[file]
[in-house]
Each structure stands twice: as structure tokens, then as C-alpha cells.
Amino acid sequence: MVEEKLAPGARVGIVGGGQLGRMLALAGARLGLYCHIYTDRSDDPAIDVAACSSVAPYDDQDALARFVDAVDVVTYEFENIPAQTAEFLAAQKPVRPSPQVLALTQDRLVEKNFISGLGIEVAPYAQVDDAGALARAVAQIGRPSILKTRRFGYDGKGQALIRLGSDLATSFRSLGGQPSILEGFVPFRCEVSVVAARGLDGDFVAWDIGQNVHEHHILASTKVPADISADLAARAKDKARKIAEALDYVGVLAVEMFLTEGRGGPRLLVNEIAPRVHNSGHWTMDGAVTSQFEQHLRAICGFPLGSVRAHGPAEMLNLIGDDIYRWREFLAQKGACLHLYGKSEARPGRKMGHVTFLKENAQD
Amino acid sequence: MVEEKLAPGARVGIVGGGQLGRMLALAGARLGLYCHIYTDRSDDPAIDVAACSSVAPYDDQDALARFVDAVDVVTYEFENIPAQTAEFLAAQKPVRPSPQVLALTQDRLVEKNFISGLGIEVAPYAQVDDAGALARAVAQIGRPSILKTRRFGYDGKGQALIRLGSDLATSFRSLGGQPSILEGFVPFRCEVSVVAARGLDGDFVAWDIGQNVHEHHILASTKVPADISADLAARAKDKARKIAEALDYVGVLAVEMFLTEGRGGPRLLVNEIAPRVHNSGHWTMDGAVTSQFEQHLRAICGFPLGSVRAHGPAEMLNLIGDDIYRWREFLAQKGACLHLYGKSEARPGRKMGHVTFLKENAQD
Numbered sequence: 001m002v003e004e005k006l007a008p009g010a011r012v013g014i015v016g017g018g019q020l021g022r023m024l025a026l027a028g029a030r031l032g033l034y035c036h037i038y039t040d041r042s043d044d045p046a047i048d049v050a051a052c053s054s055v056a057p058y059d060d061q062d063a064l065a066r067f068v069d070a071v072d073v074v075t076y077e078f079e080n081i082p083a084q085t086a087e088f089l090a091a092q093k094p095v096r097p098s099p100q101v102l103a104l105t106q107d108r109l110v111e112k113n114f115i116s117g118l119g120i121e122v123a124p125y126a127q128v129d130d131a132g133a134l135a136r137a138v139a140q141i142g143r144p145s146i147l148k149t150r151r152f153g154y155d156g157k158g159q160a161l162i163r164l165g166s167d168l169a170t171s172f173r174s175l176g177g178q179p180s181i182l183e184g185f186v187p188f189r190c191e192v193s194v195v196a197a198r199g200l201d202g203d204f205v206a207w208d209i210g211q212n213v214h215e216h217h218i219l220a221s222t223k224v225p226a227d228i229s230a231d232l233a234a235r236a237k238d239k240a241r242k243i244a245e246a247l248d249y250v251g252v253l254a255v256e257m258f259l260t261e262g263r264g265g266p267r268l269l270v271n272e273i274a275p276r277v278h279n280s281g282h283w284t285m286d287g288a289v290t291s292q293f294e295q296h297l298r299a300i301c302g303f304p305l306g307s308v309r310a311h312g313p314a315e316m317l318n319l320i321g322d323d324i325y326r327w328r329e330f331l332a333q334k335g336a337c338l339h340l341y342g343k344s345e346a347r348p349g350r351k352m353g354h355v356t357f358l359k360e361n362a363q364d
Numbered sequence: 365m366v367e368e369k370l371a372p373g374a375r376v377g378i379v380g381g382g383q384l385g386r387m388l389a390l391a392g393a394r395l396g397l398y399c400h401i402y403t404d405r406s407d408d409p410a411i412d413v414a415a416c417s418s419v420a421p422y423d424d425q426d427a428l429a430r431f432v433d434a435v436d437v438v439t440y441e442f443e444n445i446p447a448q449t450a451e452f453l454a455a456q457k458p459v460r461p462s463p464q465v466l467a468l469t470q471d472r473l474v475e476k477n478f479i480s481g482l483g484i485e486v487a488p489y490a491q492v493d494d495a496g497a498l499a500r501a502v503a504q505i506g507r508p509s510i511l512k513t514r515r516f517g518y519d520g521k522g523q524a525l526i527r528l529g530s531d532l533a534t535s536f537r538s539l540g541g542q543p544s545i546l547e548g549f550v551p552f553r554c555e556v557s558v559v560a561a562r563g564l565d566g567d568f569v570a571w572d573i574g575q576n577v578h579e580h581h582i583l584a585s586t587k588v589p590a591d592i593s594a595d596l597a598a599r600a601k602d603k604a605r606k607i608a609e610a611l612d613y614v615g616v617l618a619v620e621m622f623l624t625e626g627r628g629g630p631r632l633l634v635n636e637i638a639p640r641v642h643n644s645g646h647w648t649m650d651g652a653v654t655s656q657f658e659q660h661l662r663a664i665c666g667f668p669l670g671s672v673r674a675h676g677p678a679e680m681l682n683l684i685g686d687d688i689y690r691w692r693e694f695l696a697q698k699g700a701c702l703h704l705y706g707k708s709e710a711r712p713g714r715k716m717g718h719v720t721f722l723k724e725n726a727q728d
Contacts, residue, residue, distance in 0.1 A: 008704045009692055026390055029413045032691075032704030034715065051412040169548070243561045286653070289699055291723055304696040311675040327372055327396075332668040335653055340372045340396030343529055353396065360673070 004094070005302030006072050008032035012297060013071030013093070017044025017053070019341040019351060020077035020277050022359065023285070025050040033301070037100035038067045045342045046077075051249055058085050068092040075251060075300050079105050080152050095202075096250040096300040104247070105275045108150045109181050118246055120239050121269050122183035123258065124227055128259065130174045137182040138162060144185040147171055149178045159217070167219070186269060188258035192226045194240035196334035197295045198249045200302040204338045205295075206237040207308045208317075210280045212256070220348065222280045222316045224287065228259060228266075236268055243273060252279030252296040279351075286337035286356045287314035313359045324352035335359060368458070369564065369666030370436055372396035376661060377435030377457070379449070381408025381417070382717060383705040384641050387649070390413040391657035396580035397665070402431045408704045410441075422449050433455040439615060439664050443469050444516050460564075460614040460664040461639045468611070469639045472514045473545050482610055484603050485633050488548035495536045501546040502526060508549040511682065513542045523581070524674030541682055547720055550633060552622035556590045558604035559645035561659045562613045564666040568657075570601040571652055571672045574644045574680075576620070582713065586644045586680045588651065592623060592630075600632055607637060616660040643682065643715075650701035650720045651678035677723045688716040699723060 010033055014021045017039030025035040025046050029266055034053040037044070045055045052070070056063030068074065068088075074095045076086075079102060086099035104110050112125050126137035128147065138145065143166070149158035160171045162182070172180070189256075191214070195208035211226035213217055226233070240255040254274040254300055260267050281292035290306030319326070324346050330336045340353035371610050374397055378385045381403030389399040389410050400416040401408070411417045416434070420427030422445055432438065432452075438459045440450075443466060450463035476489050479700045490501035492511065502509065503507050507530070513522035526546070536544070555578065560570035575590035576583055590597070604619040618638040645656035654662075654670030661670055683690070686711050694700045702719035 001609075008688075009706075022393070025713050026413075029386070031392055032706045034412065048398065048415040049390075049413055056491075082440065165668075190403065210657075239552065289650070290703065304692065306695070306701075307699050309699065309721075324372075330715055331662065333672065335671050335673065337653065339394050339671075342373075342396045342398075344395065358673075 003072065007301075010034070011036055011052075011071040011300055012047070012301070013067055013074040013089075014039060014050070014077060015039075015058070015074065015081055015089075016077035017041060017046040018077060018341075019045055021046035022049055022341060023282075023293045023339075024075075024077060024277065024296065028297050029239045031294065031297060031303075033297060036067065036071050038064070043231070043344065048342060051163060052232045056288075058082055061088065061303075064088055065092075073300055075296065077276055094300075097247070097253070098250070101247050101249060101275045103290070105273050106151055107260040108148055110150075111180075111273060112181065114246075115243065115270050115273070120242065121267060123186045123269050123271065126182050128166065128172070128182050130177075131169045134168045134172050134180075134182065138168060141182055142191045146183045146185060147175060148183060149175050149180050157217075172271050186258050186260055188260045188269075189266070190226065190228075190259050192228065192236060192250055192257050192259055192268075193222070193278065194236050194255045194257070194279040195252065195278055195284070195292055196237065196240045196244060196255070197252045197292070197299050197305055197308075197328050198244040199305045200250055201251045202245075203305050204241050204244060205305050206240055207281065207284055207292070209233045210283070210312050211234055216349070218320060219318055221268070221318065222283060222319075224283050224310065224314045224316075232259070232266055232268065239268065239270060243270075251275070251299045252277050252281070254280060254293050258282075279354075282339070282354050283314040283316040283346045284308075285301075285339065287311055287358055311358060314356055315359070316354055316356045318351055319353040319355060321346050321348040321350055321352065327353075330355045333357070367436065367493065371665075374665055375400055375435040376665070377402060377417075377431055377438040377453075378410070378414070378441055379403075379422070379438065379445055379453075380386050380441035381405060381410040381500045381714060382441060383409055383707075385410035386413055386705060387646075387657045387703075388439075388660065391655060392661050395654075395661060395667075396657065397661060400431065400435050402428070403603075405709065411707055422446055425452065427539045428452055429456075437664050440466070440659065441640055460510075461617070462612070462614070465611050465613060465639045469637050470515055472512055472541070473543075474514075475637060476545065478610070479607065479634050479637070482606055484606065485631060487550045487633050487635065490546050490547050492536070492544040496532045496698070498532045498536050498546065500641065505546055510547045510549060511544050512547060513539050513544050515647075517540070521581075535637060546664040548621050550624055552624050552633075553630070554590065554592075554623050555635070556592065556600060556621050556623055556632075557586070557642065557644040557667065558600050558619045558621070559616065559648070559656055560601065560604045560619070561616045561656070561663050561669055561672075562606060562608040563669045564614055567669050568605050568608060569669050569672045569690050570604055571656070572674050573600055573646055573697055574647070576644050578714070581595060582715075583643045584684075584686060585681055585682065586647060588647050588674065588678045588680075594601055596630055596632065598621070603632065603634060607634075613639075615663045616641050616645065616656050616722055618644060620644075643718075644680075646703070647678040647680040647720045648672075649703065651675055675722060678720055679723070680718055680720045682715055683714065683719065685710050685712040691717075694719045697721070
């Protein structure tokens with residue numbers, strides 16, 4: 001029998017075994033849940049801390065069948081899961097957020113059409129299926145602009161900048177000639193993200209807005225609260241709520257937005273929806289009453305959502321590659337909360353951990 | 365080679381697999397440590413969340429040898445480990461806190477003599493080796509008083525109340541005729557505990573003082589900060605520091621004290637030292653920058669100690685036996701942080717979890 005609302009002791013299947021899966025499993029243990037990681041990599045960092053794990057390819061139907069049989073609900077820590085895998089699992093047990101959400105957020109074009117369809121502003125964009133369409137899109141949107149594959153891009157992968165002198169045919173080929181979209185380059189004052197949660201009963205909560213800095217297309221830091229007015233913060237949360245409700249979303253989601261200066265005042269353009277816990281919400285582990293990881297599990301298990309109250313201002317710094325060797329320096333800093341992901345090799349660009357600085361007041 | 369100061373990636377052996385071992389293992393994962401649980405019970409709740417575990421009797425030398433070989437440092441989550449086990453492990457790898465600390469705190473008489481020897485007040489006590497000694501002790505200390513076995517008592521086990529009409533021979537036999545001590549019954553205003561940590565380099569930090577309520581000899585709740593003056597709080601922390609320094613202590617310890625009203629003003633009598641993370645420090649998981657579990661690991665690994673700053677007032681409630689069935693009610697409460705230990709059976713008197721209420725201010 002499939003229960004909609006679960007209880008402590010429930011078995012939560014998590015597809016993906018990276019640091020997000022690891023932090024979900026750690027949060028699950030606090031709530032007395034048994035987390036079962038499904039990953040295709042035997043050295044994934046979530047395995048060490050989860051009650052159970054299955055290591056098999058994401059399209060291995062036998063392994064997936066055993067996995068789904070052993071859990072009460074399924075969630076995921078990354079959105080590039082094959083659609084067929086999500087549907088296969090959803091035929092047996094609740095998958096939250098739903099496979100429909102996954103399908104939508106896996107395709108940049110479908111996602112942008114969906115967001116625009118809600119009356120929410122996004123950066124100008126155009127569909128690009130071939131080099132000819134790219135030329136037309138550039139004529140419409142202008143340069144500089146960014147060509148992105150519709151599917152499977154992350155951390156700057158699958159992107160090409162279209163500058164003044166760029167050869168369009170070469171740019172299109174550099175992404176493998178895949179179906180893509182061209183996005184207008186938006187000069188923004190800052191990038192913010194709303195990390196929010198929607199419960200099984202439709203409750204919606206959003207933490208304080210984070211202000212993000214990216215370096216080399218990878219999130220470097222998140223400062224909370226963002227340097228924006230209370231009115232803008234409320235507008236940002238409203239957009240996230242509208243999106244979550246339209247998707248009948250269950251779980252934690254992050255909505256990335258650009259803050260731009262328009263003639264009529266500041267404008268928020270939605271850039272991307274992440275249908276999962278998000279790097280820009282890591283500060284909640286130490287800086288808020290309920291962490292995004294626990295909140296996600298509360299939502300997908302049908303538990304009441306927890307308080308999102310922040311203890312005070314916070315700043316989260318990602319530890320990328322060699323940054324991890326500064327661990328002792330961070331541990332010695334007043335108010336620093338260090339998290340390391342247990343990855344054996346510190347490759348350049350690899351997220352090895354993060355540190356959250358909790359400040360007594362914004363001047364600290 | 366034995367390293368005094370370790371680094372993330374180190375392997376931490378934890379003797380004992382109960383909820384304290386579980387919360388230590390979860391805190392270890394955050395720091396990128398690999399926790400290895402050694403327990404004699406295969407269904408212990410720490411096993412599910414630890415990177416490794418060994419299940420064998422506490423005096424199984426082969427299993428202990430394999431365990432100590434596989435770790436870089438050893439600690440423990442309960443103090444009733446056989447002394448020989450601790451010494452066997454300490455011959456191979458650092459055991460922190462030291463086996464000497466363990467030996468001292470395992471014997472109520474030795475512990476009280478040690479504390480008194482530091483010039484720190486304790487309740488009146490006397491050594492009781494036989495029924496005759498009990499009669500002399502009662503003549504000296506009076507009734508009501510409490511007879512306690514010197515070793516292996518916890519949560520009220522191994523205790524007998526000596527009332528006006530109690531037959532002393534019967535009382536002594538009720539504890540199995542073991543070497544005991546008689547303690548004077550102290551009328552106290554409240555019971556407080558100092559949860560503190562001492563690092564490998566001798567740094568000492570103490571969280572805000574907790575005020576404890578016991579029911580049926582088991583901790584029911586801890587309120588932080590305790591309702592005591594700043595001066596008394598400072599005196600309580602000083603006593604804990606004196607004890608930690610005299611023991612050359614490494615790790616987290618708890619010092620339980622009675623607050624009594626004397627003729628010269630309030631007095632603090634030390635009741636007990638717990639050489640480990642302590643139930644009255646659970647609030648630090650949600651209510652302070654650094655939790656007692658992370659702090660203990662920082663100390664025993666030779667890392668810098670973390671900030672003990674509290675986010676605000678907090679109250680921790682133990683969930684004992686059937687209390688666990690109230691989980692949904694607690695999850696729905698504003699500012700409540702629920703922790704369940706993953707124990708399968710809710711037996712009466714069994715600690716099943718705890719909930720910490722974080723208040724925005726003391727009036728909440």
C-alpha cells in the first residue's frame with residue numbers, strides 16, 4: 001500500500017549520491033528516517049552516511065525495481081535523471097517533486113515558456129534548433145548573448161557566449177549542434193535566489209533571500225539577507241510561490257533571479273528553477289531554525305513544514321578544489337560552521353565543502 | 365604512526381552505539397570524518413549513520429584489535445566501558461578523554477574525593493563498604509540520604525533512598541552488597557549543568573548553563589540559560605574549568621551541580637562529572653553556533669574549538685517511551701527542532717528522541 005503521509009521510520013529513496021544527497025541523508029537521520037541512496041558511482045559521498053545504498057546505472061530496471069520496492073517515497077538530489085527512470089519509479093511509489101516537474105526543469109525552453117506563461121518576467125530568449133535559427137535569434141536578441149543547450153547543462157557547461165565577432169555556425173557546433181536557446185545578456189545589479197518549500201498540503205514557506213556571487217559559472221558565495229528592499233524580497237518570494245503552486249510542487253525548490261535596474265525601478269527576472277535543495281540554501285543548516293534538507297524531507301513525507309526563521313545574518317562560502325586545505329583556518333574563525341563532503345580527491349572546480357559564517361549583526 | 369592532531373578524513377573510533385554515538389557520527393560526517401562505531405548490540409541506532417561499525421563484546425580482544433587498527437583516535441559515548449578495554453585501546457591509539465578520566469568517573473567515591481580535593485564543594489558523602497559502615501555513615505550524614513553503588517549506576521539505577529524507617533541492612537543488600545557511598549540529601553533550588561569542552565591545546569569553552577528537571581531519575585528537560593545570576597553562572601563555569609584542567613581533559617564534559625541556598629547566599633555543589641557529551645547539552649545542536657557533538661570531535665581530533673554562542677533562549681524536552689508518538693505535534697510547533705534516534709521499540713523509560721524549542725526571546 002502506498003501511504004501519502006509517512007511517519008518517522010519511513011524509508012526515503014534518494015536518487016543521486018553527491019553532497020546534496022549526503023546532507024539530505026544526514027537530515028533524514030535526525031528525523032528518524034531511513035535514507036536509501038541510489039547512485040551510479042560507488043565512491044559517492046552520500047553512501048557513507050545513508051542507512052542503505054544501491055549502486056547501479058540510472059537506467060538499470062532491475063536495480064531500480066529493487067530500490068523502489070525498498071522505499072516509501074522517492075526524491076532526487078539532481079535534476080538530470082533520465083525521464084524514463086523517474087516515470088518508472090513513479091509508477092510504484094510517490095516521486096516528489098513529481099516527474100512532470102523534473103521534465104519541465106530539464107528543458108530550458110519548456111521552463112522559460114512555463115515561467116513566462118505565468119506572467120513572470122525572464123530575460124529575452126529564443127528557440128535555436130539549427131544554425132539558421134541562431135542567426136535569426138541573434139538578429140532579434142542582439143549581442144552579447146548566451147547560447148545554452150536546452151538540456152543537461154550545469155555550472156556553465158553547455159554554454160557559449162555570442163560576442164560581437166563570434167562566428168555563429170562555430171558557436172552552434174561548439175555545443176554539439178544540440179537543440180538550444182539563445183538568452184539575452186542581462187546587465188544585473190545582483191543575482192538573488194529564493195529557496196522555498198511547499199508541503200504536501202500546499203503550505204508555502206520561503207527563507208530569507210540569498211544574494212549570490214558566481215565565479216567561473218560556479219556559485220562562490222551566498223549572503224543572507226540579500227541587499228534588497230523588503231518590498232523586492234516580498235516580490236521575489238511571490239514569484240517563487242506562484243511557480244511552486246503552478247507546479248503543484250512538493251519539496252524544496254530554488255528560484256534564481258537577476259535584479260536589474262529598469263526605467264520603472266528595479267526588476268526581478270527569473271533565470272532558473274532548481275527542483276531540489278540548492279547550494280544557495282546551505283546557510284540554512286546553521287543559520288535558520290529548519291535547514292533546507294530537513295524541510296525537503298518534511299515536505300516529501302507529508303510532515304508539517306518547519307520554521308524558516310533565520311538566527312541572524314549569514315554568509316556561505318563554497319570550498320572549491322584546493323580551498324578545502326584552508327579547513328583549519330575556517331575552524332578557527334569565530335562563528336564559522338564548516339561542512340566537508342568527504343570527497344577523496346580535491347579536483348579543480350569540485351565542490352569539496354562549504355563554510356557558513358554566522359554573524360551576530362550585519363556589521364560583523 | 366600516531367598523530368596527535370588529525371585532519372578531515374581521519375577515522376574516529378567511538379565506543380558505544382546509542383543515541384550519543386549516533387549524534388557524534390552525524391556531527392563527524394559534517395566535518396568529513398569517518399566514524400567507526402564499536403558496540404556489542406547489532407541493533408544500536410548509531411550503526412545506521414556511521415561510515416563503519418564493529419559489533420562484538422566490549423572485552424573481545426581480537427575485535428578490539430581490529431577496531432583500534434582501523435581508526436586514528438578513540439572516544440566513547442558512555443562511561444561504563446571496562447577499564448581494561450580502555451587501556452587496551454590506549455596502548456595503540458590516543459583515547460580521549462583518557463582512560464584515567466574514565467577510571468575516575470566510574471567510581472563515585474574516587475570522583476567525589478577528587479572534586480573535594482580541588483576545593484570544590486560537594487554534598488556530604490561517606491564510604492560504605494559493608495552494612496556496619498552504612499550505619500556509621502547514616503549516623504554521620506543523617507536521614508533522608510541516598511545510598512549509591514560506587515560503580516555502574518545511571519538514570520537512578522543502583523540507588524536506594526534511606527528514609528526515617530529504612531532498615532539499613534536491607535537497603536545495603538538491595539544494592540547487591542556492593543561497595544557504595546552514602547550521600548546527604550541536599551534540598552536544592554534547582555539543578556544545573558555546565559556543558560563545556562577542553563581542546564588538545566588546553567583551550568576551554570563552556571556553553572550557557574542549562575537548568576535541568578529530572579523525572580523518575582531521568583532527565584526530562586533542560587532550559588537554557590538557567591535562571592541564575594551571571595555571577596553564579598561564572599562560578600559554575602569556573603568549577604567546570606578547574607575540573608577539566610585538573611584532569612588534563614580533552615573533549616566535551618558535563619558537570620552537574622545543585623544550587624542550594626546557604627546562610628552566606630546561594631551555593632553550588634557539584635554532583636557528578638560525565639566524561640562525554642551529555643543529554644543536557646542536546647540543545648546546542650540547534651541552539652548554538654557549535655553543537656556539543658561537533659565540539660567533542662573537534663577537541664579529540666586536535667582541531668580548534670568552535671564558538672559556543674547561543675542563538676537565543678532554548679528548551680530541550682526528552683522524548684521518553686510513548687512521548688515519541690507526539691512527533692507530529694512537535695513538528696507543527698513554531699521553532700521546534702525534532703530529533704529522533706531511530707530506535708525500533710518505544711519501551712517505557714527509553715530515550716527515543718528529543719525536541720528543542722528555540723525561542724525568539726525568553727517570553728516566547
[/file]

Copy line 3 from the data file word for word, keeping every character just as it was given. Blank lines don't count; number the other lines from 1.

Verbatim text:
Amino acid sequence: MVEEKLAPGARVGIVGGGQLGRMLALAGARLGLYCHIYTDRSDDPAIDVAACSSVAPYDDQDALARFVDAVDVVTYEFENIPAQTAEFLAAQKPVRPSPQVLALTQDRLVEKNFISGLGIEVAPYAQVDDAGALARAVAQIGRPSILKTRRFGYDGKGQALIRLGSDLATSFRSLGGQPSILEGFVPFRCEVSVVAARGLDGDFVAWDIGQNVHEHHILASTKVPADISADLAARAKDKARKIAEALDYVGVLAVEMFLTEGRGGPRLLVNEIAPRVHNSGHWTMDGAVTSQFEQHLRAICGFPLGSVRAHGPAEMLNLIGDDIYRWREFLAQKGACLHLYGKSEARPGRKMGHVTFLKENAQD